The conference resumed after lunch with another engaging talk, this time from Ernst Decsey of UNICEF and how the Private Fundraising and Partnerships Intranet was rebuilt over four years.

Starting from the fine assertions that they didn’t want the old intranet on the new platform, that the IA should move from organisation to user focussed, to shift the mindset from silos to shared resources, and to prioritise content over interaction. Ernst shared some of the planning and research focussed around the theme of Lego blocks.

Many attendees will have taken three things away from this talk. First, the decision to demote news from the front page, and to replace it with campaigns and emergency content. I like this because it puts the reason for the organisation right at the heart of the intranet, in effect it massively raises the bar for front page news. Secondly, as Ernst said “reassure the audience…this is your intranet,” every page shows ownership and encourages feedback. Finally, the team has created a shopping cart so users can add any useful material as they use the intranet and can easily find again later.

Learn one task well
Andrew Gilleran shared “Why poor training is killing your intranet” and raised the subject of author training and that we’re often training our authors badly with 3 day training marathons, when short, focused training can achieve more.

Progress through communication, productivity and collaboration
Nicole Carter and Dave Hall from the Scottish Government say they’re midway through “productivity” on the journey to a fully collaborative intranet. Having worked with Gerry McGovern’s Customer Carewords, they’ve worked to build a more user and task-focused intranet. They’ve reduced the prominence of news in favour of productivity tools, and content has been cut back and simplified in order to make finding content easier.

Don’t be afraid of stepping into the unknown
Sasha de Speville of sponsors EasySharepoint started with cats, in particular the cat posters that recently replaced advertisements at Clapham Common station. Sasha picked up on the organisers’ desire to create energy and carry it into whatever might come next. Talking about why “internal communications is business critical,” and how it has a role in crossing cultures, and that the best intranet projects are led by people who are unafraid of stepping into the unknown.

Kate's Whiteboard Roadmap slide

Look out for interested cynics
I fear I will permanently connect Kate Cardenas with the image of a whiteboard roadmap, but it’s such a good tool for planning, thinking and communicating that I (and many others) will consider it on future projects. Kate said “you’ll never learn anything if you don’t talk to people” giving advice to “leave space for value to emerge” and “look out for interested cynics.”

Proving impact internally
Mossy O’Mahony of sponsors Newsweaver discussed some of the issues behind intranet metrics and, more importantly, understanding the business impact. In spite of the talk in business about measurement, there’s not a lot of action, especially when it comes to internal communications.

Blending everything into one is a terrible idea
Sam Marshall gave us a shorter version of his Hubs, Hives and Hangouts talk, an exploration of different working styles in the workplace and their online equivalents. Sam calls these places huddles, hives, hubs, hangouts, hermits and harbours. To illustrate that we can’t just blend these together, Sam’s analogy (and unwarranted attack) on the poor defenceless spork that will live in our memories.

I’m sorry but I am too busy to use People Finder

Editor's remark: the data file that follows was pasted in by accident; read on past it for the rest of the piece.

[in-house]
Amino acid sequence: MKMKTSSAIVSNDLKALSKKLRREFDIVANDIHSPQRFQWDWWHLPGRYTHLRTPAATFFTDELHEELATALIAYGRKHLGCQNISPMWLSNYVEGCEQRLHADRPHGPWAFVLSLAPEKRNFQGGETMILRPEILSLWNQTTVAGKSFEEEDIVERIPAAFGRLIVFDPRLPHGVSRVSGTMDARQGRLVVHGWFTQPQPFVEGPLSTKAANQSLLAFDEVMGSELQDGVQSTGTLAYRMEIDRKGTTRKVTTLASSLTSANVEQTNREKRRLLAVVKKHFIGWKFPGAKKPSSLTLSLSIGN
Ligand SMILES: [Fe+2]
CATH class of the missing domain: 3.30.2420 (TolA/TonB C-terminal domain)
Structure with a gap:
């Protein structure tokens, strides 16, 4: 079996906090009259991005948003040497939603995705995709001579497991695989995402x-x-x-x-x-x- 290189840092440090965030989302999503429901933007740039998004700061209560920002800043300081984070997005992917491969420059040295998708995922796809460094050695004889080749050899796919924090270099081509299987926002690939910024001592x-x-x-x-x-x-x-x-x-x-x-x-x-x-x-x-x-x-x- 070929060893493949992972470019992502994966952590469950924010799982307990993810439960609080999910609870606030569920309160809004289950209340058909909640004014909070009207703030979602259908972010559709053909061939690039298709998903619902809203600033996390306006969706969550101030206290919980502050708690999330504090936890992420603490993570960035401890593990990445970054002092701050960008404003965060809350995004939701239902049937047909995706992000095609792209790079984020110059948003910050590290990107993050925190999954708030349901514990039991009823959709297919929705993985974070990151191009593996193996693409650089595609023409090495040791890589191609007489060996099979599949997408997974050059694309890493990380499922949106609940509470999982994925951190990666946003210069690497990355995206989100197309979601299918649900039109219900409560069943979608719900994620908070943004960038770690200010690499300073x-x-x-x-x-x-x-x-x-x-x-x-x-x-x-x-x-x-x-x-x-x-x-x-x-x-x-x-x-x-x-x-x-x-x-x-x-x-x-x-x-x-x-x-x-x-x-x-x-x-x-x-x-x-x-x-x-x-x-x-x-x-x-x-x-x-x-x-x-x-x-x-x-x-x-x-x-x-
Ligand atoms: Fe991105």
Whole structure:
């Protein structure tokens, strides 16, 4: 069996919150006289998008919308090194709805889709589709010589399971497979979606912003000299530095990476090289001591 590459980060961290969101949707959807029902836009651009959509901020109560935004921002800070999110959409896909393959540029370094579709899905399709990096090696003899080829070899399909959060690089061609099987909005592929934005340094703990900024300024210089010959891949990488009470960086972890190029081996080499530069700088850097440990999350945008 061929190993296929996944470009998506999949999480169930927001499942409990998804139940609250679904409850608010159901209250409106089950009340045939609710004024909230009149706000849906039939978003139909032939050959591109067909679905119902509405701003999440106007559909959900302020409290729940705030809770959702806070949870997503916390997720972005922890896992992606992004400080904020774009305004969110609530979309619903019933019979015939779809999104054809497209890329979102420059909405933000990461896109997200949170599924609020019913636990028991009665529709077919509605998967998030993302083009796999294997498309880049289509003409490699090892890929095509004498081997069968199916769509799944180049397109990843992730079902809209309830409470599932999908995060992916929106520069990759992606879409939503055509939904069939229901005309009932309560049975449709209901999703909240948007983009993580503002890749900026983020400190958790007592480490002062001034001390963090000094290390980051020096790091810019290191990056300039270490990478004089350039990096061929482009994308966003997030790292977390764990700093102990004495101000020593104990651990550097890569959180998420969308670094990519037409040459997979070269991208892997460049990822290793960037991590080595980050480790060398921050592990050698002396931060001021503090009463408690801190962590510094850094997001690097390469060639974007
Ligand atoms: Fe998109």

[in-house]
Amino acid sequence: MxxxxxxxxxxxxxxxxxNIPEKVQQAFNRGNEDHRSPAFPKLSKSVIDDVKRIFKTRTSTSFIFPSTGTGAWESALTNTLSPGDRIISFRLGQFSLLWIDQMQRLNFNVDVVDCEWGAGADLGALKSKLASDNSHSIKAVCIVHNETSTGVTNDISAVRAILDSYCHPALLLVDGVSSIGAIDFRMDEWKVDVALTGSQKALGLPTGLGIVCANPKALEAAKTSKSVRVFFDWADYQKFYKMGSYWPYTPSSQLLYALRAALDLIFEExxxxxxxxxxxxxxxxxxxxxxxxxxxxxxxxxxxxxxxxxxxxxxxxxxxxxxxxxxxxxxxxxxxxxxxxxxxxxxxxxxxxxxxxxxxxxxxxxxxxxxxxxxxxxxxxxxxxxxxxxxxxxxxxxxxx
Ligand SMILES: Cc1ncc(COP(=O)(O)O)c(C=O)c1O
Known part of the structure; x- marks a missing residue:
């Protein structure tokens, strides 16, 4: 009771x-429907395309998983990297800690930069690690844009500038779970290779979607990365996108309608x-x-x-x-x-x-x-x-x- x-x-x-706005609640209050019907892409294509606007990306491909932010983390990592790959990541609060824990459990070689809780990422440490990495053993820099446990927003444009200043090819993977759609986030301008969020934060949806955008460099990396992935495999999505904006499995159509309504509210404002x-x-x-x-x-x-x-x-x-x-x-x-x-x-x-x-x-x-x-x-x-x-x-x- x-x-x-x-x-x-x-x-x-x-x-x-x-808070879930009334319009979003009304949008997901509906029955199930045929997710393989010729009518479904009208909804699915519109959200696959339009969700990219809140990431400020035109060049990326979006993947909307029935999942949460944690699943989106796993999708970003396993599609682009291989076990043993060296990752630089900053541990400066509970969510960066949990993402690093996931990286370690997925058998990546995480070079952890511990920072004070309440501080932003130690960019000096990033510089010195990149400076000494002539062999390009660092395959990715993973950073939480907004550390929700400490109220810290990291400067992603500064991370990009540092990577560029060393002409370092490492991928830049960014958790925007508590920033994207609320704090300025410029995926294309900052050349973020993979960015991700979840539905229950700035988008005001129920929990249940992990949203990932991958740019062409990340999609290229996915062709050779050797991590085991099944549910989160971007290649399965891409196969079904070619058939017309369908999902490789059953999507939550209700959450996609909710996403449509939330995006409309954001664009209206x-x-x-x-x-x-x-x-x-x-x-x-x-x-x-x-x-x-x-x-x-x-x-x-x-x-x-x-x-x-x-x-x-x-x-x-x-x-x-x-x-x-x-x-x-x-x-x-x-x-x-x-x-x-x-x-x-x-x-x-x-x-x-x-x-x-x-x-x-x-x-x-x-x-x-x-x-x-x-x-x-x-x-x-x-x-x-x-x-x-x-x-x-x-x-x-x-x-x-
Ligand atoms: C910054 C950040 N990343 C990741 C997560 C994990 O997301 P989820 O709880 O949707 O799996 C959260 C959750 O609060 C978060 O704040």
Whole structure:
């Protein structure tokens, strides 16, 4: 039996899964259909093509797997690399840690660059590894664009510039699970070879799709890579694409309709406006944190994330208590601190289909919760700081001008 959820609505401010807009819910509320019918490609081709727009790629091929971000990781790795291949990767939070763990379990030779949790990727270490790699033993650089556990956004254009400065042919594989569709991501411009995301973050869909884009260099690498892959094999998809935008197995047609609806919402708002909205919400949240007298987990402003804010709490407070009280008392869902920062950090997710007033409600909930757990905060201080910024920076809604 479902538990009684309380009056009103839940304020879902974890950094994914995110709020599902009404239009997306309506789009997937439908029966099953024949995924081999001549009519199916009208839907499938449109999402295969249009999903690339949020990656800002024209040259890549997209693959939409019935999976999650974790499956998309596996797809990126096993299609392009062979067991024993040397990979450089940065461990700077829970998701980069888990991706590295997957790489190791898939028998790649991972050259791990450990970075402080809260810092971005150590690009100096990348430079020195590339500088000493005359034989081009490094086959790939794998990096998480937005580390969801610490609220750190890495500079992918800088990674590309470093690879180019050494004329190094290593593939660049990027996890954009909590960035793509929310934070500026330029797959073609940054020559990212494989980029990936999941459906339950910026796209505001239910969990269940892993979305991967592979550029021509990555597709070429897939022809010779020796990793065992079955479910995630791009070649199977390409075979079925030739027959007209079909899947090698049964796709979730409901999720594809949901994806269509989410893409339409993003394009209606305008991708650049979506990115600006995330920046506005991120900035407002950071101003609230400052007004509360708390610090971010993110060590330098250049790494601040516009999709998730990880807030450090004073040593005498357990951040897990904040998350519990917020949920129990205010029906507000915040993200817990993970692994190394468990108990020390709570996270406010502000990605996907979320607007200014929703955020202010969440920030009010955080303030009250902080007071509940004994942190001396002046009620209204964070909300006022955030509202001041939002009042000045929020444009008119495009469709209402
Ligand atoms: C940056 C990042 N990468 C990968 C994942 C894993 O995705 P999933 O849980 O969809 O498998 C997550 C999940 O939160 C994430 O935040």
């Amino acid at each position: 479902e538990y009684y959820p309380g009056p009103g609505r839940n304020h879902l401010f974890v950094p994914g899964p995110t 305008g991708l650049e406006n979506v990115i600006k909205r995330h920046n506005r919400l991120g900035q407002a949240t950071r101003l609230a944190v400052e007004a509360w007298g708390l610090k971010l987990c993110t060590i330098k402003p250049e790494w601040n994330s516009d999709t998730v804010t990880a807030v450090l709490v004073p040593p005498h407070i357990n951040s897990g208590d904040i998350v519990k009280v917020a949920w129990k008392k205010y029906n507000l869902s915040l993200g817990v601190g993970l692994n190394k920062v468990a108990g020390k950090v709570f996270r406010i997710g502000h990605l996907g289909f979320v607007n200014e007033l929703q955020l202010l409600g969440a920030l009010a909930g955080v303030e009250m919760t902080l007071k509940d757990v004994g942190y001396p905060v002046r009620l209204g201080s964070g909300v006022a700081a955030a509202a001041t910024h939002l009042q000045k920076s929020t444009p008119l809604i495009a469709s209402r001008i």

Diane Murgatroyd and Bettina Hasan from the Foreign & Commonwealth Office (FCO) discussed the launch and embedding of their social intranet. It started with some familiar tactics, but also some more interesting. Staff were encouraged to post photos of #myjourneytowork, leading to a collection from all over the world. Special interest tags like #chinawatchers or #uswatchers allowed those with professional or personal interests in a place to keep informed.

Later initiatives included measurement, introduction of videos, revising etiquette, and a blog called “I’m sorry but I am too busy to use People Finder” by a senior user. Diane and Bettina listed some of the things they felt worked, these included recognition of contribution, champions, storytelling, and (most interestingly) combined effort.

De-mystify what you’re doing
The final talk was by Rachel Miller and Ed Garcez highlighting lessons from working across three London councils (Westminster, Kensington and Chelsea, and Hammersmith) to build three intranets into one platform that was “consistent, but individual.” Their recipe for better relationships between CIOs and Comms was simple: put users at the heart, be visible, be approachable, and de-mystify what you’re doing.

Workshops and World Café
With the conference section at an end, we moved into a format with concurrent workshops and World Café discussions. I feel the workshops were too short to possibly be of real value, while the round-table discussions hosted by the conference speakers were potentially wonderful but unfortunately hurried. The café format is the kind of thing I want from an event like this and I would like to see it extended.

Intranet Diamonds
The day ended with thank-yous and a prize giving. James Robertson had already hauled his enormous glass trophy back to Australia, but there was a surprise second (but presumably equal) prize for the blogging team Intranetizen (Sharon O’Dea, Dana Leeson, Luke Mepham, and Jonathan Phillips). The award was thoroughly deserved, and I feel significant as three of the four remain intranet practitioners rather than consultants.

Final thoughts
As ever, Intranet Now 2016 was an exhilarating rush through a broad range of intranet subjects. The short presentation format works well, but it can feel hurried and opportunities for insight may be missed. On the other hand, the constant flow of information means there’s still a high hit rate. I don’t want to sound ungrateful to the sponsors whose contribution keeps ticket prices affordable, but some of their talks would be a lot better if they shared more of their considerable experience rather than talking up their products.

Once again, Brian and Wedge need to be commended for their efforts, and I do hope Intranet Now is financially bouyant enough for them to keep going. I am as certain as I can that I’ll be back for 2017.